4. Appropriately contextualized.
When designing a well-formed outcome, it has to fit within all the appropriate contexts of your life. Think about the constraints that might affect the desired outcome: time, energy, resources, location, etc. Where and when do you want the outcome? Does it fit into every time and place with no limitations? For example, you want to change your diet and cook at home more often than eating out. However, you have a busy schedule that doesn’t allow for a lot of time preparing meals. How can you adjust your goal to fit this context?
5. Maintains appropriate secondary gain.
All of our behaviours provide us with positive outcomes-if they didn’t, we wouldn’t continue them! Secondary gain refers to the positive outcome which comes from a ‘negative’ behaviour. For example, smoking is detrimental to your health, but its positive outcome might be stress relief. If you change the negative behaviour, you have to preserve the secondary gain by providing a new way of attaining it. If smoking provides stress relief and you quit smoking, you need a new behaviour to relieve stress, for example, taking a short walk. If you change a behaviour but don’t provide an alternative way of getting that secondary gain, the change is unlikely to last.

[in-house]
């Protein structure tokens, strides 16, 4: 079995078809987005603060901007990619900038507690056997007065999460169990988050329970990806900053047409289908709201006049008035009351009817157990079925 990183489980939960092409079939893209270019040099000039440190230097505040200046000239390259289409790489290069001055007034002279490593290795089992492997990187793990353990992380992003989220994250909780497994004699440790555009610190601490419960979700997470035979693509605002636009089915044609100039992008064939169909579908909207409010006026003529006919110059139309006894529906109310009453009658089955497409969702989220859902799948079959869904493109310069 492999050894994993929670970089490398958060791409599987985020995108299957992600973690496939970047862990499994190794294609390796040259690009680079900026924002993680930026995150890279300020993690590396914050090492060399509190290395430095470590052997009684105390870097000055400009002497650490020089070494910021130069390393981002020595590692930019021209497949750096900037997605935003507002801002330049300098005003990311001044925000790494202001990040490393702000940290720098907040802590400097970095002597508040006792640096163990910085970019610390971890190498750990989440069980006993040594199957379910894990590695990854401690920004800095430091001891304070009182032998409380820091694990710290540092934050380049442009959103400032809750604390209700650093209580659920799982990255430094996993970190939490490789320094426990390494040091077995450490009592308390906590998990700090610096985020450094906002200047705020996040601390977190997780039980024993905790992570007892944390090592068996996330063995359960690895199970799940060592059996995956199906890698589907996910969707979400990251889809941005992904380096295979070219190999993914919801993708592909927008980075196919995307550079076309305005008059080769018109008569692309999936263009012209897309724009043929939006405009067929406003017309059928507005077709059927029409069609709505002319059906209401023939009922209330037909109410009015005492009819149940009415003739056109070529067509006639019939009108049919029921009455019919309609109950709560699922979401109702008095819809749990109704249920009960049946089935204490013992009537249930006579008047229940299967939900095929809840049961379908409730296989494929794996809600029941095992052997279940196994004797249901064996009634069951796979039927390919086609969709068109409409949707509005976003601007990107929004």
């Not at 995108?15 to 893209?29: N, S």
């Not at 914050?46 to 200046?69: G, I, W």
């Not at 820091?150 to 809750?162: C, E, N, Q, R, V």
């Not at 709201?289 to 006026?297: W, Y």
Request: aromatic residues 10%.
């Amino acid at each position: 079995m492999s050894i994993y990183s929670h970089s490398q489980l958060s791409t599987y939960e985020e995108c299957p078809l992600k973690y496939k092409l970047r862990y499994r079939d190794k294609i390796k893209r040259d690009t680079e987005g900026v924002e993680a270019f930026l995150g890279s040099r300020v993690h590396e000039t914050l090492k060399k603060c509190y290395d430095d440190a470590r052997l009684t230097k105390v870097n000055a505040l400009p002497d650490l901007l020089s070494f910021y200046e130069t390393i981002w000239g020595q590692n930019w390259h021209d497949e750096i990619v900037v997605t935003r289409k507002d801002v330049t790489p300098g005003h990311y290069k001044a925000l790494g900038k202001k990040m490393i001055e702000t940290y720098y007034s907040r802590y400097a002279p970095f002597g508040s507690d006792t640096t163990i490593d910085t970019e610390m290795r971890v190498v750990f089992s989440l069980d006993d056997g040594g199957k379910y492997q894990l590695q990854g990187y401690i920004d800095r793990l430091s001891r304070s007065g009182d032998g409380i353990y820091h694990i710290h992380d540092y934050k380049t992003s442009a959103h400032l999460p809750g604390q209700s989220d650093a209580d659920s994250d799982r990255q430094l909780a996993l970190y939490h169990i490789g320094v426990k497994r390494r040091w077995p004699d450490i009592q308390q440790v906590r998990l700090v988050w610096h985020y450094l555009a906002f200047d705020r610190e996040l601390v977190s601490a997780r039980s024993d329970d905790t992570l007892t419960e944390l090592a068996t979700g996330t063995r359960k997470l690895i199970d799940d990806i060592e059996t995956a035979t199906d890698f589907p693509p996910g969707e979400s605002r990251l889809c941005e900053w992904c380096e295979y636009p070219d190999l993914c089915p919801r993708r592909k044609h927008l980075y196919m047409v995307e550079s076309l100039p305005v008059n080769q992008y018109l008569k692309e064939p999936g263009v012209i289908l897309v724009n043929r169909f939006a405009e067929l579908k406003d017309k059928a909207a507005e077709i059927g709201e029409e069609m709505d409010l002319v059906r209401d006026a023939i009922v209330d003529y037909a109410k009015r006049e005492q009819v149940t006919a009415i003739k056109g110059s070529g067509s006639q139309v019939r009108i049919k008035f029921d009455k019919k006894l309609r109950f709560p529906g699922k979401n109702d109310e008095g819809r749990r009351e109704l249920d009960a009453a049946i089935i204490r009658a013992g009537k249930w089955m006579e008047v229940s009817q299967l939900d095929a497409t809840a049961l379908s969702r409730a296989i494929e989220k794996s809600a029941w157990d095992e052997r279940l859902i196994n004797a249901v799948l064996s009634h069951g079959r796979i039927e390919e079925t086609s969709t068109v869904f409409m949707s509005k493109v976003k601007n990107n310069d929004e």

6. Includes the needed resources.
What are the things you need in order to reach your desired outcome? Which do you already have and which do you need to get? For example, if your desired outcome is to eat healthier, you might need: cooking skills, time and space to prepare meals, nutrition advice, access to and money for fresh foods.
7. Ecological for the whole system.
Ecology is the science of how organisms relate to each other and their environments. Whatever change you want to make or goal you want to achieve, it doesn’t happen in a vacuum; it has to fit within your ecology, which includes your family, friends, work and/or school relationships, and community. If an outcome benefits one area but is detrimental to another, it is unlikely to be attainable or lasting. For example, if taking on more responsibility at work means you can advance your career, yet your family life suffers because you have to spend more time at the office, you have to decide if the benefit to one area outweighs the detriment to the other, and ideally reassess the specifics of your goal.
When setting a goal or making a behavioural change, test it against each of these 7 criteria. As you work towards your goal, referring back to these criteria is also a good way to keep yourself on track. Interested in making a positive change but not sure where to start? The hypnotists at The Morpheus Clinic for Hypnosis are trained in Neuro Linguistic Programming and can help you define and achieve a well-formed outcome of your own. Call today to book your free consultation: 416-556-4068
One of our Client Care Coordinators published this post.